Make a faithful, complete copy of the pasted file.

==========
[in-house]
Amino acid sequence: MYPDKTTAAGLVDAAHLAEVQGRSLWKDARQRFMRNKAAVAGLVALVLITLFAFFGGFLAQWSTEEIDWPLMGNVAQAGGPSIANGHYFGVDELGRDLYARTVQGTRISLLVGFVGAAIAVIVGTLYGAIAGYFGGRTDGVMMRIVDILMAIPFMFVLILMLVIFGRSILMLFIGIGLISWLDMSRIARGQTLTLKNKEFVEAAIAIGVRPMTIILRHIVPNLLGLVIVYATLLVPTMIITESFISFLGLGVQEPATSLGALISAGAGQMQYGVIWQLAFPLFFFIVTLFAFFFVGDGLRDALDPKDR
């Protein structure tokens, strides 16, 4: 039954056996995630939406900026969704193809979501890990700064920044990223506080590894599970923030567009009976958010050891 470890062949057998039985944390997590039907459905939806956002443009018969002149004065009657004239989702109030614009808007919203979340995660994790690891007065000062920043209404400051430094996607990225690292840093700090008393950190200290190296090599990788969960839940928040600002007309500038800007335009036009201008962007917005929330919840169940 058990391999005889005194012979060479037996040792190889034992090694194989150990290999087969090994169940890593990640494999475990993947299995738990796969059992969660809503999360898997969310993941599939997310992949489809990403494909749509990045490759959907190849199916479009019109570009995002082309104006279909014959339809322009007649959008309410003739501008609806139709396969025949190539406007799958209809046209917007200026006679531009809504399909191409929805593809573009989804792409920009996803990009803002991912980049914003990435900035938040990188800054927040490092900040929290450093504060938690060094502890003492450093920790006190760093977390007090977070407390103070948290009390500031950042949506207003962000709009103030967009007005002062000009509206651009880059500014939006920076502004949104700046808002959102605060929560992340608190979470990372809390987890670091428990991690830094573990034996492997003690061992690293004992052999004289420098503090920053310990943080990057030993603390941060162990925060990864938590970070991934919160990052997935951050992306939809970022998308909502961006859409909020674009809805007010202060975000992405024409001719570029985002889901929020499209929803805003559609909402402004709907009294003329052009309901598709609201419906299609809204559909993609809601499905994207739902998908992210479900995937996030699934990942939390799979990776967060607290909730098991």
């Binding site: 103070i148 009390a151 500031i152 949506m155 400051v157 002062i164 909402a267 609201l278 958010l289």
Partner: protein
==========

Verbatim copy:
[in-house]
Amino acid sequence: MYPDKTTAAGLVDAAHLAEVQGRSLWKDARQRFMRNKAAVAGLVALVLITLFAFFGGFLAQWSTEEIDWPLMGNVAQAGGPSIANGHYFGVDELGRDLYARTVQGTRISLLVGFVGAAIAVIVGTLYGAIAGYFGGRTDGVMMRIVDILMAIPFMFVLILMLVIFGRSILMLFIGIGLISWLDMSRIARGQTLTLKNKEFVEAAIAIGVRPMTIILRHIVPNLLGLVIVYATLLVPTMIITESFISFLGLGVQEPATSLGALISAGAGQMQYGVIWQLAFPLFFFIVTLFAFFFVGDGLRDALDPKDR
């Protein structure tokens, strides 16, 4: 039954056996995630939406900026969704193809979501890990700064920044990223506080590894599970923030567009009976958010050891 470890062949057998039985944390997590039907459905939806956002443009018969002149004065009657004239989702109030614009808007919203979340995660994790690891007065000062920043209404400051430094996607990225690292840093700090008393950190200290190296090599990788969960839940928040600002007309500038800007335009036009201008962007917005929330919840169940 058990391999005889005194012979060479037996040792190889034992090694194989150990290999087969090994169940890593990640494999475990993947299995738990796969059992969660809503999360898997969310993941599939997310992949489809990403494909749509990045490759959907190849199916479009019109570009995002082309104006279909014959339809322009007649959008309410003739501008609806139709396969025949190539406007799958209809046209917007200026006679531009809504399909191409929805593809573009989804792409920009996803990009803002991912980049914003990435900035938040990188800054927040490092900040929290450093504060938690060094502890003492450093920790006190760093977390007090977070407390103070948290009390500031950042949506207003962000709009103030967009007005002062000009509206651009880059500014939006920076502004949104700046808002959102605060929560992340608190979470990372809390987890670091428990991690830094573990034996492997003690061992690293004992052999004289420098503090920053310990943080990057030993603390941060162990925060990864938590970070991934919160990052997935951050992306939809970022998308909502961006859409909020674009809805007010202060975000992405024409001719570029985002889901929020499209929803805003559609909402402004709907009294003329052009309901598709609201419906299609809204559909993609809601499905994207739902998908992210479900995937996030699934990942939390799979990776967060607290909730098991």
């Binding site: 103070i148 009390a151 500031i152 949506m155 400051v157 002062i164 909402a267 609201l278 958010l289």
Partner: protein